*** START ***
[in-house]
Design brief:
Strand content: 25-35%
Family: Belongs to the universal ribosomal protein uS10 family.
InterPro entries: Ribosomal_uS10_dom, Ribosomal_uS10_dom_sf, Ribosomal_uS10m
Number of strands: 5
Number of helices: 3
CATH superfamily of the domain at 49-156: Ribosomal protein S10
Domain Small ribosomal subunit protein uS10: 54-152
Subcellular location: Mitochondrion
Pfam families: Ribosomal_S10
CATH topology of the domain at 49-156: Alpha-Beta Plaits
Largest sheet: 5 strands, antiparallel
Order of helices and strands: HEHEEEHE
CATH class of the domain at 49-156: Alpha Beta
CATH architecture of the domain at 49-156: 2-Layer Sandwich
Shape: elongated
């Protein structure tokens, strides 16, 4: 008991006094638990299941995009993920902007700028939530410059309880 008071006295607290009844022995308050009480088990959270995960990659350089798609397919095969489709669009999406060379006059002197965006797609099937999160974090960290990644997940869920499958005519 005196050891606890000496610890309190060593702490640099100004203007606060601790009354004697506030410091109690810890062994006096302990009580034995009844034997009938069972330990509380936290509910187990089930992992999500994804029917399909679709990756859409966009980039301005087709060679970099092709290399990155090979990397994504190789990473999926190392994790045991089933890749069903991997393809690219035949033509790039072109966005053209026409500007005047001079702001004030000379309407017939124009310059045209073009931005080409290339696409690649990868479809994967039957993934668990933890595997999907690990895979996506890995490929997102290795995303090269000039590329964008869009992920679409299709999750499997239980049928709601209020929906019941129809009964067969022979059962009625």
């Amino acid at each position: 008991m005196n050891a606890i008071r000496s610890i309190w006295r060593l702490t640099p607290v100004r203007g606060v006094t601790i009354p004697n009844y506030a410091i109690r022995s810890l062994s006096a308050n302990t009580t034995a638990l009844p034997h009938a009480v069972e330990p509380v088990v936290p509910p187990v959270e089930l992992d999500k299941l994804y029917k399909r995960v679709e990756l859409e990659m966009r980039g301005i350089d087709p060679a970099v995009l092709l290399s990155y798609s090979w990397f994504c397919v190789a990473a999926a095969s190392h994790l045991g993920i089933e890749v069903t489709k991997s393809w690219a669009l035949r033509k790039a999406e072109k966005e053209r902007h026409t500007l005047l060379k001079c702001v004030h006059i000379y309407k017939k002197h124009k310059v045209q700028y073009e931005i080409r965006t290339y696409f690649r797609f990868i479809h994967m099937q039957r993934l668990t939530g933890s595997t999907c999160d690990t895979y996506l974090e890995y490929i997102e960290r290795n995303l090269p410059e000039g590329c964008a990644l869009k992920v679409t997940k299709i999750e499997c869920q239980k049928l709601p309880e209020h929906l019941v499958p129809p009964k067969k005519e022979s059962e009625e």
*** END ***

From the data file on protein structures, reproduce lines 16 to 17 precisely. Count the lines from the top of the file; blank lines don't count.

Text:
CATH architecture of the domain at 49-156: 2-Layer Sandwich
Shape: elongated